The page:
Between 2015-2019, a Domestic Reference Pricing model for newly-launched drugs would have:
High launch prices for new drugs are the greatest driver in drug spending growth. A Domestic Reference Pricing (DRP) model would limit manufacturers monopoly power in setting launch prices by capping launch prices on the inflation-adjusted and innovation-weighted historical launch prices of three clinically-appropriate comparator drugs. Manufacturers would be able to justify a higher value-based price with appropriate clinical data, but the cap would be in place until a higher price is justified.
As Congress considers policies to lower drug spending, an International Pricing Index (IPI) or clinical effectiveness index have been the primary models discussed, as seen in H.R. 3 and other proposals. These models propose limiting US prices based on prices in comparable countries or would create boards to evaluate the clinical effectiveness of each approved drug. These policies, however, do not address common barriers that may arise with new drugs, such as if the drug does not have an established price in the comparable countries or does not have sufficient data to calculate the relative clinical effectiveness.
A DRP model would not have those impediments in setting new launch prices for novel drugs, as it relies on the historical launch prices of existing comparator drugs. The model provides a framework to limit high launch prices while allowing manufacturers to earn profits in line with historical practices of comparator drugs in the US.
This model would work in three stages: (1) the manufacturers and the regulating body would identify up to three clinically-appropriate comparator drugs; (2) the launch prices of those comparators would be standardized to an annual treatment course for the typical patient, adjusted for inflation; and (3) the volume-weighted average age of the comparator drug would be calculated and used to apply a presumed innovation premium to the weighted, inflation-adjusted comparator launch price. The presumed innovation premium provides a greater price for new drugs in categories dominated by older therapies while limiting prices for “me-too” drugs that are similar to recent products. The final calculation would be the launch price for the new drug.
The DRP model was applied to a total of 66 drugs, all of which were approved between 2015-2019. Of the total 66 drugs, 49 had higher launch prices than the DRP. After applying the model to the 49 drugs, launch prices were reduced by 34%, on average. If a DRP was in place when these drugs were initially launched, Medicare expenditures would have been $7.0 billion lower over the approval period.
For the 17 drugs that were launched at prices below the calculated DRP, the DRP was an average of 35% above the launch price, resulting in $2.3 billion in greater Medicare spending. Even with these increases, net Medicare spending on newly-launched drugs would decrease by 18%. The majority of the modeled spending increase is attributable to Hepatitis C treatments, which launched below the price of the first-in-class therapy, a rare occurrence. Excluding these therapies, the increase in Medicare spending would be $0.4 billion, representing net Medicare savings of 30%.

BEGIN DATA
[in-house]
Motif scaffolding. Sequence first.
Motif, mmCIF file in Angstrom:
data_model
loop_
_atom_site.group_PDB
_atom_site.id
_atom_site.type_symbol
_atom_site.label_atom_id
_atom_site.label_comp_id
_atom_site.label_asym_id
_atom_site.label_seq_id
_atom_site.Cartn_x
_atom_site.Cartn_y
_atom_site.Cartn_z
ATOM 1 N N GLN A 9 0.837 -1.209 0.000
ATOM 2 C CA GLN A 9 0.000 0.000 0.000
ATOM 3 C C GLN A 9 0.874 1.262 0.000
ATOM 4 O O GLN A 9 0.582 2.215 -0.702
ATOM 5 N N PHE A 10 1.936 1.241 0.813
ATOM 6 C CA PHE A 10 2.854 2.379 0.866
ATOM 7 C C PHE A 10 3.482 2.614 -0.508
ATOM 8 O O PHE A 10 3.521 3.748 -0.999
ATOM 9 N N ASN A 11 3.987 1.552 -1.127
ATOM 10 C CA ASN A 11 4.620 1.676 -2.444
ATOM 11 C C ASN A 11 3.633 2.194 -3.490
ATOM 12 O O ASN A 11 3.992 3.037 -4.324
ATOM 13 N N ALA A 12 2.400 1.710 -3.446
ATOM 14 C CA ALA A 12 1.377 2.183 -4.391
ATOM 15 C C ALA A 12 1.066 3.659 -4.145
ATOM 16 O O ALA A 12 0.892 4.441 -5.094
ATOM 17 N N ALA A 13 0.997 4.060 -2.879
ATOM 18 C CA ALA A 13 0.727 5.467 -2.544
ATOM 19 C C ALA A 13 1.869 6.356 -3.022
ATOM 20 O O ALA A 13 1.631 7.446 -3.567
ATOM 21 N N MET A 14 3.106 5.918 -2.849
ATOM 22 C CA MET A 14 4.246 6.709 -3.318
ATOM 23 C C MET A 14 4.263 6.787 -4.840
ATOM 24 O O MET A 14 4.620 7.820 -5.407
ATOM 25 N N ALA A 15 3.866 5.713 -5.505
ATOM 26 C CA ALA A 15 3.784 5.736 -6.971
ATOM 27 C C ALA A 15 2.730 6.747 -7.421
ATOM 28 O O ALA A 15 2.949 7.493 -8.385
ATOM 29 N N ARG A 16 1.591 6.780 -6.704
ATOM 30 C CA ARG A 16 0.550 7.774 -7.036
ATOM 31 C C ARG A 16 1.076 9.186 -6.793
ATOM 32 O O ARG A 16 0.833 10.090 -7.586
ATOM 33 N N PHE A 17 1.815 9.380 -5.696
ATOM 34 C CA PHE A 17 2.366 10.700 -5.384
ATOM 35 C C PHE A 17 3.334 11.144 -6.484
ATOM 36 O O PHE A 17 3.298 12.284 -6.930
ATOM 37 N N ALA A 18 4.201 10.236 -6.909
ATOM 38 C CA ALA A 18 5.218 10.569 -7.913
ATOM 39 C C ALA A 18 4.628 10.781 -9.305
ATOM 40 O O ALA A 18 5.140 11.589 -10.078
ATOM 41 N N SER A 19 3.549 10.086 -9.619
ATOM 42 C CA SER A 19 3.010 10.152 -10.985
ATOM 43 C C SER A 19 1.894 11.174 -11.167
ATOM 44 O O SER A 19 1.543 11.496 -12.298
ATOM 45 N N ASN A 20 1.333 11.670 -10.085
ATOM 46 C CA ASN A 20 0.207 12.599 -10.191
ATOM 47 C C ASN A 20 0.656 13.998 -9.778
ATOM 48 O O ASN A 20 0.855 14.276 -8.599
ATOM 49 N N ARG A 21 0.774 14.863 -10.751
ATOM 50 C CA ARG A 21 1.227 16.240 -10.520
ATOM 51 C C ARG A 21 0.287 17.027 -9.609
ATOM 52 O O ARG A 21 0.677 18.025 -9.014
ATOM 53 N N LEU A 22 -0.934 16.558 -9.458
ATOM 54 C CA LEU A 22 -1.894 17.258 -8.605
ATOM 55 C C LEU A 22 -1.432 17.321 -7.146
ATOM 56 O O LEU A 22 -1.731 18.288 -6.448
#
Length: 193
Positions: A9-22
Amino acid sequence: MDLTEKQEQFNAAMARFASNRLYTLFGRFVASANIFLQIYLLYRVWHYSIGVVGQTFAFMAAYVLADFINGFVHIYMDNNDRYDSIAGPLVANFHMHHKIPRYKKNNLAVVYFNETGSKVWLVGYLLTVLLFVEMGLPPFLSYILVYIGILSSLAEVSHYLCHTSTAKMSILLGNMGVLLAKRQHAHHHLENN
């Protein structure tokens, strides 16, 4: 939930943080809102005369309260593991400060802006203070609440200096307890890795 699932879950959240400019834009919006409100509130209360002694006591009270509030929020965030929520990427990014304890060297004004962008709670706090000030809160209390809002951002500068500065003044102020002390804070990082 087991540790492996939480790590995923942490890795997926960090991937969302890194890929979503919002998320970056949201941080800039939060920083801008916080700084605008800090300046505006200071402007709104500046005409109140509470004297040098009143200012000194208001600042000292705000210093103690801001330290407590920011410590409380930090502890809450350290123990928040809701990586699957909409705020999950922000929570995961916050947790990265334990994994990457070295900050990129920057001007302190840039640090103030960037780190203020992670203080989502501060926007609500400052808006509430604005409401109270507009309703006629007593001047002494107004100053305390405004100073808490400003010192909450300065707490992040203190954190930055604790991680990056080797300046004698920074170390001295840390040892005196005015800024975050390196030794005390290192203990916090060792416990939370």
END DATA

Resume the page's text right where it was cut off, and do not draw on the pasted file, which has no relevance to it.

Under the current benefit design of Medicare Part D, beneficiaries are responsible for 25% of their medication’s cost once reaching the coverage gap; in Medicare Part B, beneficiaries pay a 20% co-payment for medications. As drugs continue to launch at unjustifiable prices, beneficiaries are burdened with out-of-pocket costs they cannot afford. If the DRP model had been implemented, it could have saved beneficiaries $1.2 billion from drug related costs from 2015-2019. Furthermore, if this policy were to be extended into the commercial market, patients would save even more.
For 16 of the drugs analyzed, cost-effectiveness prices had been established by the Institute for Clinical and Economic Review (ICER). For the majority of these drugs (9), the DRP exceeded the cost-effectiveness price by a mean of 67%. For the remaining drugs, the DRP was 30% below the cost-effective price; for two of these drugs, the launch price was also below the cost-effectiveness price. Notably, under the DRP model, manufacturers would have the opportunity to demonstrate that a higher price is warranted and petition for a comparative-effectiveness based price. This would encourage manufacturers to make clinical data supporting comparative-effectiveness analyses available earlier, aiding clinical decision making.
Most drug spending policies under consideration use some variation of an IPI or clinical effectiveness evaluation to set prices, however the Senate Finance Committee has shown interest in including a domestic reference pricing framework in its upcoming drug pricing legislation. A DRP, similar to the one modeled here, would increase accessibility by lowering beneficiaries’ expenses and reducing Medicare expenditures on new drugs by 18-30%.